Indiana State Police at Evansville are currently investigating two separate incidents where individuals have handed over money to an unknown male claiming to be a landlord who is about to evict his tenants. Indiana State Police Detectives believe this male will continue to scam others if given the opportunity.
On April 15th, an Evansville Pastor received a phone call from a person alleging to be indigent and explained that he would be evicted from his residence on Telephone Road in Warrick County unless he could pay his landlord $95.00 to partially cover the rent he owed. He further explained that his wife was currently being treated for health issues at Deaconess Gateway Hospital in Newburgh. The pastor agreed to meet the landlord at the hospital. Sometime between 3:00 – 3:40 p.m., the pastor drove to the hospital and met the alleged landlord and insisted on speaking to the tenants before he would turn over the check. The man led the pastor into the hospital and into an empty patient room. The pastor was told that the couple must be in the lab for tests. They both walked to the lab, but failed to find the tenants. The pastor eventually handed over the check for $95. After the landlord left, the pastor checked with the front information desk and discovered that the woman was not even a patient at the hospital. He was able to stop payment on the check.
In February, an unknown male contacted a representative of St. Vincent DePaul Society in Evansville. The male caller claimed a couple was being evicted from their home because they couldn’t pay their rent. The caller further claimed that the landlord had agreed to drop eviction proceedings if they could come up with $120 for the rent they owed. The representative from St. Vincent DePaul Society later met the alleged landlord at Schnucks’ parking lot on the west side of Evansville and handed him a check for $120. The representative became suspicious later when all the phone numbers he had been given for the tenants and landlord were either disconnected or not correct. He also discovered the address given to him as the residence where the tenants were being evicted from was a vacant lot.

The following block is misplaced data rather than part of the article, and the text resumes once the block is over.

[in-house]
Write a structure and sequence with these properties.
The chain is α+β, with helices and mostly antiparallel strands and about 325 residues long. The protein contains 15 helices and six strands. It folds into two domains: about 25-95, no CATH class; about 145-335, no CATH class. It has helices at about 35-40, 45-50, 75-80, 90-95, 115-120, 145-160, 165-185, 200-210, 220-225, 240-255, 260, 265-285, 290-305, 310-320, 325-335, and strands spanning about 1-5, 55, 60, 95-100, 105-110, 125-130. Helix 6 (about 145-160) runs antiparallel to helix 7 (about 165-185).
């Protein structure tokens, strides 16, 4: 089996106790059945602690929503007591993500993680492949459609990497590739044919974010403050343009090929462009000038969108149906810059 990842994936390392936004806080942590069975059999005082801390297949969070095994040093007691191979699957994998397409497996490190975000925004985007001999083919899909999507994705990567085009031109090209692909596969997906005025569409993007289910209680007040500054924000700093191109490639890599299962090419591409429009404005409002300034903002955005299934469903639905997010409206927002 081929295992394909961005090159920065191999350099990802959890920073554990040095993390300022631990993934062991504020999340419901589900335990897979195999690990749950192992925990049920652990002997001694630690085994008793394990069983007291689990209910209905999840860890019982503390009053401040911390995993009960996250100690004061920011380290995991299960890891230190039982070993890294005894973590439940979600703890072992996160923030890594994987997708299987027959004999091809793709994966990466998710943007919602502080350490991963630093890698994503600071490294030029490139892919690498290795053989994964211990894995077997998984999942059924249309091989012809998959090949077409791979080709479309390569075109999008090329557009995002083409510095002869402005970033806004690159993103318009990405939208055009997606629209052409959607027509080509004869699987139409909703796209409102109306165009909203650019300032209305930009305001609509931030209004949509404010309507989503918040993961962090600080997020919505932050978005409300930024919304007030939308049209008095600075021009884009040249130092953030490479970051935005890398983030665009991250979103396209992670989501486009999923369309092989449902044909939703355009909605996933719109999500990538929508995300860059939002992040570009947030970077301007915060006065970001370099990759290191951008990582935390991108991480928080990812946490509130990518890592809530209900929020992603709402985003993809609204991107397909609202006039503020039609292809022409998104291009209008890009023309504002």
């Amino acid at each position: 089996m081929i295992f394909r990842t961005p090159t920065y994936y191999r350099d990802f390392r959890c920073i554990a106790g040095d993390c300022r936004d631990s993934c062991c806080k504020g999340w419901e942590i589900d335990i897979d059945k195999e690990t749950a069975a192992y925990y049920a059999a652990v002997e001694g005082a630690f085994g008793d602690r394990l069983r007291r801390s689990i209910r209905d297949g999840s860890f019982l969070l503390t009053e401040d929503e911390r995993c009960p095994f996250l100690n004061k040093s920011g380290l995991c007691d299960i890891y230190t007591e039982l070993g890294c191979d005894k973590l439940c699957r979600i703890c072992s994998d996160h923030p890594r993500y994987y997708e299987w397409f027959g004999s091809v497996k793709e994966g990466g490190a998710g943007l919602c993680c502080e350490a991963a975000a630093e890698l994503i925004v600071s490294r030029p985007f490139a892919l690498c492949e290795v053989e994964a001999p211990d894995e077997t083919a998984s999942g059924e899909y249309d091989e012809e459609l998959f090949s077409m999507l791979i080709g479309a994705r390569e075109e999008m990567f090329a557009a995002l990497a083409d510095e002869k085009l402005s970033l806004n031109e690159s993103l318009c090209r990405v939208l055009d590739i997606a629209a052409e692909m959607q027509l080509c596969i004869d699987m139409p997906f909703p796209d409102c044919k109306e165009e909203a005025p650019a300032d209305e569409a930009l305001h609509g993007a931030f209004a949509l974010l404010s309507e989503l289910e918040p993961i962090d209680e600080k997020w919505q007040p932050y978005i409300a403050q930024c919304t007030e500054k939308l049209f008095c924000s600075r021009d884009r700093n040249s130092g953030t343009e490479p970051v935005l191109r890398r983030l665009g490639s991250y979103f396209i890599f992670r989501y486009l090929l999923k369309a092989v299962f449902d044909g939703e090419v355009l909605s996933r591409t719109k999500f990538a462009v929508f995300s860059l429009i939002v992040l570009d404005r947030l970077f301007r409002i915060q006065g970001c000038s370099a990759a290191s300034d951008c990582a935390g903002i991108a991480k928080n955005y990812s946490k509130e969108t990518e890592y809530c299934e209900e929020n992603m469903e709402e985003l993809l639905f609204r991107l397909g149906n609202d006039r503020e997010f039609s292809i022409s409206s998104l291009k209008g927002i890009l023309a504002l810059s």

Suspect Information: It is not known at this time if the male portraying himself as the landlord is acting alone or if he has others that are assisting. Detectives say the suspect is a white male and approximately 40-years-old. No other description is available at this time.
Indiana State Police Detectives would like to warn everyone that scams occur almost every day and it’s important to do some research before turning over cash to a stranger. Detectives also believe there are possibly additional victims that have not contacted police. Anyone with information concerning these incidents is encouraged to contact Indiana State Police at 812-867-2079 or 1-800-852-3970.
From the Evansville Police Department: We have been made aware of a credit card scam that is happening in the Midwest. It has not been reported here, yet. We hope to prevent anyone from falling victim to this latest scam. Here is the basic info:
The victim receives a call from someone claiming to be from the VISA or MASTERCARD Security and Fraud Department. They tell you that they have spotted an unusual transaction on your account for an amount just under $500 and ask if you purchased the item. When you tell them “NO”, they tell you they have had a problem with this same type of transaction and it is a scam.
Here is where they get you. They already have your credit card number. They only need the 3 number code on the back so THEY can make a fraudulent charge on your card. To get you to give them the 3 number code, they offer to give you a “credit” on your account for the original amount they told you had been fraudulently charged. Once you give them the 3 number code, the immediately make a fraudulent charge on your account. Most people do not realize anything is wrong because they never asked for the credit card number. When the next bill arrives, there is no “credit” and a fraudulent transaction is shown on the bill.
To avoid this and ALL financial scams you should NEVER give any financial information to anyone who has called you or e-mailed you. If you receive a call and are not sure if it is legitimate, you should hang up and call the company yourself. Make sure the number you are calling is the official telephone number listed on the company website or in the phone book.
SOURCE: Evansville Police Department - Nixle